By Jesse Masai

1/21 Update:

Six lay synod members in the Diocese of Bondo filed a petition on January 19 with the Kenyan Church’s primate, the Most Rev. Jackson Ole Sapit, objecting to Onyango’s consecration. They allege that the appointment process “was unprocedural and in complete disregard” of canon and civil law, and that Bishop of Bondo David Kodia used “blackmail, threats, and intimidation” to secure Onyango’s approval.

The petitioners also claim that the diocese cannot afford to pay the new bishop, as contributions to the diocese by parishes are in arrears by 13 million Kenyan shillings (about $120,000), and some parish vicars have received no salaries in over a year.

They criticize the decision to immediately “second” Bishop Onyango back to her teaching post at St. Paul’s University, noting “if they can appoint someone then second her back where she came from then they do not need her services.”

The petitioners, who say that diocesan clergy agree with them but “would not dare talk,” urge Ole Sapit to intervene and to withhold his consent to Onyango’s appointment.

The Rev. Canon Dr. Emily A. Onyango has been announced as the first female bishop for the Anglican Church of Kenya. The Anglican Diocese of Bondo unanimously endorsed the appointment at a  January 12 synod.

She will become the first assistant bishop of Bondo, a post created by the diocese. She is expected to assist the Bishop Rt. Rev. Professor David H. Kodia in training of clergy, in addition to programming for women’s ministry and gender issues, including initiatives focused on ending gender-based violence and encouraging child empowerment.

The Rev. Emily Onyango

Onyango’s appointment will chip away at decades of male leadership of the church and comes 38 years after the first women became priests in the ACK. Following the 1978 Lambeth Conference, which stated that ordination of women need not be a communion dividing issue, the Anglican Church of Kenya permitted women to join the priesthood in 1990.

Dr. Onyango has been in ministry over many decades, starting with children’s ministry in the then Diocese of Maseno South. She was made a deacon on July 29, 1984 and priested in December 1986 by the late Rt. Rev. Dr. Henry Okullu, who had also ordained the Rev. Lucia Okuthe, the church’s first woman priest, in 1983.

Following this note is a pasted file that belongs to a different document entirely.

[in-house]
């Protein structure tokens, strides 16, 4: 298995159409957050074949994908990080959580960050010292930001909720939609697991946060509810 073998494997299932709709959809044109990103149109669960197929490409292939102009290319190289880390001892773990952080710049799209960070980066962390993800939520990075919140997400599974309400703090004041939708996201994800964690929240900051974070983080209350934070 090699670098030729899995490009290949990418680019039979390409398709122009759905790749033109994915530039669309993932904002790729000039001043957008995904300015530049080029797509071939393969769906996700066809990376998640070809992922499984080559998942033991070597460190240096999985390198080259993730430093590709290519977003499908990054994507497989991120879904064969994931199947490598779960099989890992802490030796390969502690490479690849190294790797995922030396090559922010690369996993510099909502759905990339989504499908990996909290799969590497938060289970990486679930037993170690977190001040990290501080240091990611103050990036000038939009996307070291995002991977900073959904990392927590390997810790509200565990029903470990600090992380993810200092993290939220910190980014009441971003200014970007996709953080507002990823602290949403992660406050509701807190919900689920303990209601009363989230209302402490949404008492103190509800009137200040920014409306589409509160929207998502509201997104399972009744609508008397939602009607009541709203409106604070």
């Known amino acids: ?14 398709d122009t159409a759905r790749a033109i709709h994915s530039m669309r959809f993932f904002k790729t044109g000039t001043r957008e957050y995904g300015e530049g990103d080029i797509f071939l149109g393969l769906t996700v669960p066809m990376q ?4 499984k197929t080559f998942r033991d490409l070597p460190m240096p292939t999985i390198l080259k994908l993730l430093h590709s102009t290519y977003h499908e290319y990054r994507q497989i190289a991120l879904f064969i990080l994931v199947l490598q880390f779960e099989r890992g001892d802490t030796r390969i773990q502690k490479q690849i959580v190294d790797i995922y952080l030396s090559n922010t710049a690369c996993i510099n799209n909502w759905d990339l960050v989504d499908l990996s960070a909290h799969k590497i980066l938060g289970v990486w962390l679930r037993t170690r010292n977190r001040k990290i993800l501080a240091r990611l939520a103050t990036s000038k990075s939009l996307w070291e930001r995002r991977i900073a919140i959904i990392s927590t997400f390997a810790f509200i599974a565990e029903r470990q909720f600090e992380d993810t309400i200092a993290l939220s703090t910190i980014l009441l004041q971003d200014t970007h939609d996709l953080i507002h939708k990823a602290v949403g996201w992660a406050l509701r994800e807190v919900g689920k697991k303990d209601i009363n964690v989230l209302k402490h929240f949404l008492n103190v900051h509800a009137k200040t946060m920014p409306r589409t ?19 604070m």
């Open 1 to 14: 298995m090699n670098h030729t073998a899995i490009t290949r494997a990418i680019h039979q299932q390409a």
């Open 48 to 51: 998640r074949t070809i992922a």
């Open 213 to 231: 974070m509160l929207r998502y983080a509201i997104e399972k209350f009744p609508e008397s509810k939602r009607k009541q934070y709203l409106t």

In 2012,  the Rev. Dr. Lydia Mwaniki, currently the director of gender and women at the All Africa Conference of Churches, unsuccessfully sought to be elected Bishop of Kirinyaga Diocese. Then, in 2014, current Provincial Secretary of the Anglican Church of Kenya, the Rev. Canon Dr. Rosemary Mbogo failed in her attempt to be elected Bishop of Embu Diocese. In October of the same year the ACK’s House of Bishops declared a five-year moratorium on the possibility of appointing and consecrating women as bishops in the East African nation.

Onyango, currently a lecturer in Kenya’s St Paul’s University’s department of Theology and Development studies, has been a canon in Bondo Diocese since February 2018. She chairs the Africa Centre for Biblical Equity and is a founder-member of the Circle of Concerned African Women Theologians.

Speaking in Bondo, 431 kilometres from the Kenyan capital Nairobi, the assistant bishop said it was a historic moment for her and the church. “I see a vibrant Church with two pillars. First, spiritual nurture and revival, grounded on empowerment through continuous training of clergy and laity. Secondly, a well-managed Church, through proper administration and management.”